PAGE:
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The huge impact of Fast Growth 50 firms on the Welsh economy

Since being launched 21 years ago the Wales Fast Growth 50 has grown to be the business awards that Welsh entrepreneurs aspire to more than any other.

In fact, the motivation for creating this project was driven by a desire to celebrate the achievements of home- grown entrepreneurs across a range of sectors and the whole of Wales.

It all started after several visits to the USA in the early 1990s, where I found myself buying a business magazine called INC.

One of its regular features included a list of the 500 fastest-growing firms in the USA, and when I was appointed Professor of Entrepreneurship at the University of Glamorgan in 1996, I set out to do something similar here in Wales, albeit on a smaller scale.

This was driven largely by my continuous incredulity at the lack of support for indigenous Welsh firms.

  

Instead, the economic approach by quangos such as the Welsh Development Agency was focused on the attraction of large foreign inward investors rather than the growth of our own successful firms.

So after conversations with the Western Mail as to how we could change the narrative towards Welsh entrepreneurship, the Wales Fast Growth 50 was launched in 1999.

One of the first challenges was determining how to measure growth, as it can be done in a number of ways , eg increase in employees or assets. However, the Wales Fast Growth 50 decided to follow the methodology of the Inc 500 in adopting sales growth as the main indicator of growth, mainly because it shows the impact that businesses are having on their markets.

 

This has led, naturally, to some suggesting that “turnover is vanity whilst profit is sanity”, although in the overwhelming number of Fast Growth 50 firms profitability growth usually outstrips turnover growth when they are on the list.

Of course, the focus on high-growth firms through initiatives such as the Fast Growth 50 has been challenged by academics, politicians and policy-makers but the evidence continues to show the positive impact they have.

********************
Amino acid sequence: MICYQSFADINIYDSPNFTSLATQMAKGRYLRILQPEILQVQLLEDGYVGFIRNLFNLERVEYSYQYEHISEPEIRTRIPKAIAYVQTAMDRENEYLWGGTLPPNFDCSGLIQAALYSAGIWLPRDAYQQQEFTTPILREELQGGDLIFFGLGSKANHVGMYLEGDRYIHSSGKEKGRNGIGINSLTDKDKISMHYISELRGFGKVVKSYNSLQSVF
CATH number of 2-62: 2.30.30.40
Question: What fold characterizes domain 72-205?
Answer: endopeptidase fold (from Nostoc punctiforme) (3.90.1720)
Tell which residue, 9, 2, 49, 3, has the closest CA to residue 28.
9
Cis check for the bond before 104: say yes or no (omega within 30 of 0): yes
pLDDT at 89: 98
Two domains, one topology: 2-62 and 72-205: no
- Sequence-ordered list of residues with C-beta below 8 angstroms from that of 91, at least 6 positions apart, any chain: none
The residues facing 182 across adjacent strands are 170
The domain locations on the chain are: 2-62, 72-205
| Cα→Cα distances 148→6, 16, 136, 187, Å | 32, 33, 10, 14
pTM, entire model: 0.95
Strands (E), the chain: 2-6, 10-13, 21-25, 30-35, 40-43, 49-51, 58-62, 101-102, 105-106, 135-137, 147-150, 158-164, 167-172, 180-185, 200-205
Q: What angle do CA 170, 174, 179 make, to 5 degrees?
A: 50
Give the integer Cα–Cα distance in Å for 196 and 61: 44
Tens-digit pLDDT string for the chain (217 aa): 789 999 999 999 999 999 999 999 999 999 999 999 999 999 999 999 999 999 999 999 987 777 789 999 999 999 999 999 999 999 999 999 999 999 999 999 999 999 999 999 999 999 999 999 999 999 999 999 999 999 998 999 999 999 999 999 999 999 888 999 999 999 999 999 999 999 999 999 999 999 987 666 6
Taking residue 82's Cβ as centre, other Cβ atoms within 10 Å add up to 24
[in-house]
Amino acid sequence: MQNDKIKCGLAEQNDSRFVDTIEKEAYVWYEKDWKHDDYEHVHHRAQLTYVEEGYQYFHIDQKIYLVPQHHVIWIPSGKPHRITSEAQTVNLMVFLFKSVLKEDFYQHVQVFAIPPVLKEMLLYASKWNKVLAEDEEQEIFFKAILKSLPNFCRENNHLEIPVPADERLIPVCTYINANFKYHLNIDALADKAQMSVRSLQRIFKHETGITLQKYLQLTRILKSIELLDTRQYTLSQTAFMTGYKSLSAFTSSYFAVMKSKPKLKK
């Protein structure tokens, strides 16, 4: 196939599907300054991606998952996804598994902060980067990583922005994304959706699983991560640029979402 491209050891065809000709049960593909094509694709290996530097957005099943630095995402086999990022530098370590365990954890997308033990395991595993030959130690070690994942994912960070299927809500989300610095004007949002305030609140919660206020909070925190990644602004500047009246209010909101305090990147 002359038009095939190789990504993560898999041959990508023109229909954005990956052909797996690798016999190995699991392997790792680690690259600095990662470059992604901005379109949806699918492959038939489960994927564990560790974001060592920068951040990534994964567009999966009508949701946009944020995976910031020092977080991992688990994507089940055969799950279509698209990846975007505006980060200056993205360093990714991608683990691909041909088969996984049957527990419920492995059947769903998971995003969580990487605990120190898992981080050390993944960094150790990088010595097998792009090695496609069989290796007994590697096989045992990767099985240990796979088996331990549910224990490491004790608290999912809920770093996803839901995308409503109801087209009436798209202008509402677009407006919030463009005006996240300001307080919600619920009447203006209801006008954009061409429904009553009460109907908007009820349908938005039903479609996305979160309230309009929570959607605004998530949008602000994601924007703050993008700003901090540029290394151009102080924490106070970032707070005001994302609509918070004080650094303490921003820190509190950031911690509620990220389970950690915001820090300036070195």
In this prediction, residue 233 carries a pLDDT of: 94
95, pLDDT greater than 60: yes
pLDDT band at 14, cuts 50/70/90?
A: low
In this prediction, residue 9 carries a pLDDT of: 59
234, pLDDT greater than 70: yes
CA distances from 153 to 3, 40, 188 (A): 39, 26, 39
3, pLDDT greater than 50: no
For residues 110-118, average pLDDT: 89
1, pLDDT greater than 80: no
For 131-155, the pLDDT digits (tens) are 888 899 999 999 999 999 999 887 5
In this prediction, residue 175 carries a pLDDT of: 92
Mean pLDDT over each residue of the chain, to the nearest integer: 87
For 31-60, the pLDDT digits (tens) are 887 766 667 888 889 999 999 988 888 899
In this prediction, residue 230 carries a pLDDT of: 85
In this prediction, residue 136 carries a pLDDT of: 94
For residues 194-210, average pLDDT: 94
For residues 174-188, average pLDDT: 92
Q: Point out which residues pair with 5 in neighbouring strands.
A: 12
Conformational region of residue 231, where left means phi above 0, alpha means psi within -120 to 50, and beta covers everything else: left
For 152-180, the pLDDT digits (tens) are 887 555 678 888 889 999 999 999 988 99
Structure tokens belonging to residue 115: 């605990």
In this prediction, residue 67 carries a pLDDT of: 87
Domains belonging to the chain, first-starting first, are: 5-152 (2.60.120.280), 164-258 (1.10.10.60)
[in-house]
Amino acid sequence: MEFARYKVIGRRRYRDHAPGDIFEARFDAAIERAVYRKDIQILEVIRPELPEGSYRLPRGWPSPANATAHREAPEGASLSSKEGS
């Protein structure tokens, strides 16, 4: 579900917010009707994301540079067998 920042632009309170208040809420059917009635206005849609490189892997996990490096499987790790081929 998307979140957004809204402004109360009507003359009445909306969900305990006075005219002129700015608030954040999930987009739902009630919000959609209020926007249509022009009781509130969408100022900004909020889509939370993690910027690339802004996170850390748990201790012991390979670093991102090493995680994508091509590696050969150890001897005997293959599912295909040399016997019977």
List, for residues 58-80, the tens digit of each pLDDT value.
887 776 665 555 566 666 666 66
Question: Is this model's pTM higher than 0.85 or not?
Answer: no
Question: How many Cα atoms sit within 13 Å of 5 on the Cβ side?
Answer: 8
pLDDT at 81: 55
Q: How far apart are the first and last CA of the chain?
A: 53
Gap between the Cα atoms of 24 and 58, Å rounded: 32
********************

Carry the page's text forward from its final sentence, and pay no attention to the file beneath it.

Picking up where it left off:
For example, the American economist David Birch identified fast-growing businesses (which he termed gazelles) as making a higher than expected contribution to job creation in the USA back in the 1970s. Since then, a range of academic studies have shown that those firms that grow quickly make up a small proportion of the business population but account for a high proportion of jobs created.

More recently, the innovation charity NESTA showed that while high-growth firms are rare, they generate a majority of jobs, ie they represent only 6% of all UK firms, but generate 54% of all new jobs.

In Wales, we have estimated that the 628 firms that have appeared on the 21 lists over the period 1999-2018 have created 42,000 jobs and generated £24bn of additional turnover, much of which is spent in their local area.

But it is not only all about the overall impact on the Welsh economy as the listing also has had a direct effect on individual firms.

Many founders have said that having the accolade has helped them enormously with potential investors, suppliers and other key stakeholders such as the Welsh and UK Governments.

Also, and without exception, founders have said that being on the list galvanises their teams as it is a recognition of all the hard work they have all put into growing the firm.

In fact, at this year’s awards dinner, the founder of a £100m winner told me that the support of the Fast Growth 50 at the start of their business had made a significant and important difference to their early expansion.

The Fast Growth 50 also continues to destroy the myths many continue to have about scale-up businesses. For example, high growth is not only about start-ups as the average age of a Fast Growth 50 firm is 12 years old with the oldest business to appear on the list (Watkin Jones ) being established back in 1791.

High-growth firms are only to be found in “sexy”  knowledge-based sectors, and while the number of technology and creative firms has been steadily growing, the so-called “grounded” sectors such as business-to-business services, consumer and retail services, and construction continue to dominate the lists every year.

 

While Cardiff has been the centre for growth firms in Wales with 30% of all fast-growth businesses since 1999 being based in the capital city, the list has also shown that nearly half of the firms are located in the 15 Welsh counties that make up one of the poorest parts of Europe, showing that growth is not limited to prosperous urban areas and can be found in any location in Wales.

 

Finally, and most important of all, the Fast Growth 50 demonstrates that we have some incredible businesses in Wales that are as good, if not better, than their peers elsewhere in the UK.

Indeed, those who continue to suggest that we, as a nation, are not entrepreneurial should take time to read about those fast-growing firms that, since 1999, have made a real difference in their industries and continue to create wealth and employment in communities across Wales.

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